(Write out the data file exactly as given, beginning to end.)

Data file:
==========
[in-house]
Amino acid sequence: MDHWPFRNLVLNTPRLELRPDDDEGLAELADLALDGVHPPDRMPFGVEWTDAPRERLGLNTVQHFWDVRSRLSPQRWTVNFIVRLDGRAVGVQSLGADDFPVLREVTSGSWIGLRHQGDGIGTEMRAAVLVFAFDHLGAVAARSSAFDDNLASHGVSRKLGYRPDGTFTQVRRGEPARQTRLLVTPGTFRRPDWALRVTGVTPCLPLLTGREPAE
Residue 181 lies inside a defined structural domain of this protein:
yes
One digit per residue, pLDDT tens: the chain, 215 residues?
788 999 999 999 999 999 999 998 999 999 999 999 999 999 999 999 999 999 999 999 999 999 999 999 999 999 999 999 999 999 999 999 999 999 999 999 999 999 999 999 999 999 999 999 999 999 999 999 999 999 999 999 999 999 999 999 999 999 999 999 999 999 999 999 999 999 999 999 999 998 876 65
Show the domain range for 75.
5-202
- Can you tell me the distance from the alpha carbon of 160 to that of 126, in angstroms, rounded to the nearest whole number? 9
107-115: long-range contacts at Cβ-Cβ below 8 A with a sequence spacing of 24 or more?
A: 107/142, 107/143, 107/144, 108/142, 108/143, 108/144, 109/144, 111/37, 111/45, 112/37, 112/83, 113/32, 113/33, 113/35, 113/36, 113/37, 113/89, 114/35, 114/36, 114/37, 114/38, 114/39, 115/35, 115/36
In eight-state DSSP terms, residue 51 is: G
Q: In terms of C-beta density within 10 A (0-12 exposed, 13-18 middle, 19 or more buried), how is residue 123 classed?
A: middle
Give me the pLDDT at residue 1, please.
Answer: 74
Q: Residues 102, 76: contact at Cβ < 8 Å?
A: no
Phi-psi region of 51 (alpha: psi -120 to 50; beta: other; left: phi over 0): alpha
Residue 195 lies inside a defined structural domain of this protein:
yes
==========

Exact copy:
[in-house]
Amino acid sequence: MDHWPFRNLVLNTPRLELRPDDDEGLAELADLALDGVHPPDRMPFGVEWTDAPRERLGLNTVQHFWDVRSRLSPQRWTVNFIVRLDGRAVGVQSLGADDFPVLREVTSGSWIGLRHQGDGIGTEMRAAVLVFAFDHLGAVAARSSAFDDNLASHGVSRKLGYRPDGTFTQVRRGEPARQTRLLVTPGTFRRPDWALRVTGVTPCLPLLTGREPAE
Residue 181 lies inside a defined structural domain of this protein:
yes
One digit per residue, pLDDT tens: the chain, 215 residues?
788 999 999 999 999 999 999 998 999 999 999 999 999 999 999 999 999 999 999 999 999 999 999 999 999 999 999 999 999 999 999 999 999 999 999 999 999 999 999 999 999 999 999 999 999 999 999 999 999 999 999 999 999 999 999 999 999 999 999 999 999 999 999 999 999 999 999 999 999 998 876 65
Show the domain range for 75.
5-202
- Can you tell me the distance from the alpha carbon of 160 to that of 126, in angstroms, rounded to the nearest whole number? 9
107-115: long-range contacts at Cβ-Cβ below 8 A with a sequence spacing of 24 or more?
A: 107/142, 107/143, 107/144, 108/142, 108/143, 108/144, 109/144, 111/37, 111/45, 112/37, 112/83, 113/32, 113/33, 113/35, 113/36, 113/37, 113/89, 114/35, 114/36, 114/37, 114/38, 114/39, 115/35, 115/36
In eight-state DSSP terms, residue 51 is: G
Q: In terms of C-beta density within 10 A (0-12 exposed, 13-18 middle, 19 or more buried), how is residue 123 classed?
A: middle
Give me the pLDDT at residue 1, please.
Answer: 74
Q: Residues 102, 76: contact at Cβ < 8 Å?
A: no
Phi-psi region of 51 (alpha: psi -120 to 50; beta: other; left: phi over 0): alpha
Residue 195 lies inside a defined structural domain of this protein:
yes